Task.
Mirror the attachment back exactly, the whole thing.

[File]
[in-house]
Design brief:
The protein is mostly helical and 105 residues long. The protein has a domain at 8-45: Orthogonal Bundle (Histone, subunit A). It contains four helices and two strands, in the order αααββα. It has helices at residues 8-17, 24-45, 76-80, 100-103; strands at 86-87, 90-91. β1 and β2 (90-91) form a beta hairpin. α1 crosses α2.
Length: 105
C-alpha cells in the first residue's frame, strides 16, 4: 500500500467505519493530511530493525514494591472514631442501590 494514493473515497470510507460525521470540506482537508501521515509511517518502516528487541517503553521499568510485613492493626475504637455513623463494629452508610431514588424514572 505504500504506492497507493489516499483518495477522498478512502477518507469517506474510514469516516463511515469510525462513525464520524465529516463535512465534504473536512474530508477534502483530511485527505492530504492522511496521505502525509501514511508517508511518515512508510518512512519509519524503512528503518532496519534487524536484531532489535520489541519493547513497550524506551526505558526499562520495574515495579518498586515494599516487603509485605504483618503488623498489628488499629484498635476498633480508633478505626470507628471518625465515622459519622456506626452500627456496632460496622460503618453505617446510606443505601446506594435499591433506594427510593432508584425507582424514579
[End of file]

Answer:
[in-house]
Design brief:
The protein is mostly helical and 105 residues long. The protein has a domain at 8-45: Orthogonal Bundle (Histone, subunit A). It contains four helices and two strands, in the order αααββα. It has helices at residues 8-17, 24-45, 76-80, 100-103; strands at 86-87, 90-91. β1 and β2 (90-91) form a beta hairpin. α1 crosses α2.
Length: 105
C-alpha cells in the first residue's frame, strides 16, 4: 500500500467505519493530511530493525514494591472514631442501590 494514493473515497470510507460525521470540506482537508501521515509511517518502516528487541517503553521499568510485613492493626475504637455513623463494629452508610431514588424514572 505504500504506492497507493489516499483518495477522498478512502477518507469517506474510514469516516463511515469510525462513525464520524465529516463535512465534504473536512474530508477534502483530511485527505492530504492522511496521505502525509501514511508517508511518515512508510518512512519509519524503512528503518532496519534487524536484531532489535520489541519493547513497550524506551526505558526499562520495574515495579518498586515494599516487603509485605504483618503488623498489628488499629484498635476498633480508633478505626470507628471518625465515622459519622456506626452500627456496632460496622460503618453505617446510606443505601446506594435499591433506594427510593432508584425507582424514579